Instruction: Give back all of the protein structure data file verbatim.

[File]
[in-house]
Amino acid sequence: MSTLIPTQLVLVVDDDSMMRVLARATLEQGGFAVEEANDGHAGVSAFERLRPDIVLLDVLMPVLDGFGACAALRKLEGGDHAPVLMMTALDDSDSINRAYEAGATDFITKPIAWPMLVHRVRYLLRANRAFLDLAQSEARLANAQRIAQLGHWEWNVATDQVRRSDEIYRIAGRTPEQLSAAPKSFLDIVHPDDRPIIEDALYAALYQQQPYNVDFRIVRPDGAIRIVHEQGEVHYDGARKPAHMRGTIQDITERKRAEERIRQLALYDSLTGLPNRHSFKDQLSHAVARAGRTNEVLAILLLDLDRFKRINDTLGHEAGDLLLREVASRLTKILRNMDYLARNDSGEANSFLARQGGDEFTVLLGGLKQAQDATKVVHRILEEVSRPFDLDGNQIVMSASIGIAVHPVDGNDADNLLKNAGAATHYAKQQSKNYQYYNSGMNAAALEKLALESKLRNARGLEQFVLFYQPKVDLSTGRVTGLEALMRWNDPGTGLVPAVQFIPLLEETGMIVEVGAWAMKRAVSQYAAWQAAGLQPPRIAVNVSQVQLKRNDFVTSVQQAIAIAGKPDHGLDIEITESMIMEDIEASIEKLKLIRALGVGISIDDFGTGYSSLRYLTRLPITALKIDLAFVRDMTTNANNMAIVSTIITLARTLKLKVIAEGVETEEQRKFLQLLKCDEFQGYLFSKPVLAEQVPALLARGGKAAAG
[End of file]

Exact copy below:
[in-house]
Amino acid sequence: MSTLIPTQLVLVVDDDSMMRVLARATLEQGGFAVEEANDGHAGVSAFERLRPDIVLLDVLMPVLDGFGACAALRKLEGGDHAPVLMMTALDDSDSINRAYEAGATDFITKPIAWPMLVHRVRYLLRANRAFLDLAQSEARLANAQRIAQLGHWEWNVATDQVRRSDEIYRIAGRTPEQLSAAPKSFLDIVHPDDRPIIEDALYAALYQQQPYNVDFRIVRPDGAIRIVHEQGEVHYDGARKPAHMRGTIQDITERKRAEERIRQLALYDSLTGLPNRHSFKDQLSHAVARAGRTNEVLAILLLDLDRFKRINDTLGHEAGDLLLREVASRLTKILRNMDYLARNDSGEANSFLARQGGDEFTVLLGGLKQAQDATKVVHRILEEVSRPFDLDGNQIVMSASIGIAVHPVDGNDADNLLKNAGAATHYAKQQSKNYQYYNSGMNAAALEKLALESKLRNARGLEQFVLFYQPKVDLSTGRVTGLEALMRWNDPGTGLVPAVQFIPLLEETGMIVEVGAWAMKRAVSQYAAWQAAGLQPPRIAVNVSQVQLKRNDFVTSVQQAIAIAGKPDHGLDIEITESMIMEDIEASIEKLKLIRALGVGISIDDFGTGYSSLRYLTRLPITALKIDLAFVRDMTTNANNMAIVSTIITLARTLKLKVIAEGVETEEQRKFLQLLKCDEFQGYLFSKPVLAEQVPALLARGGKAAAG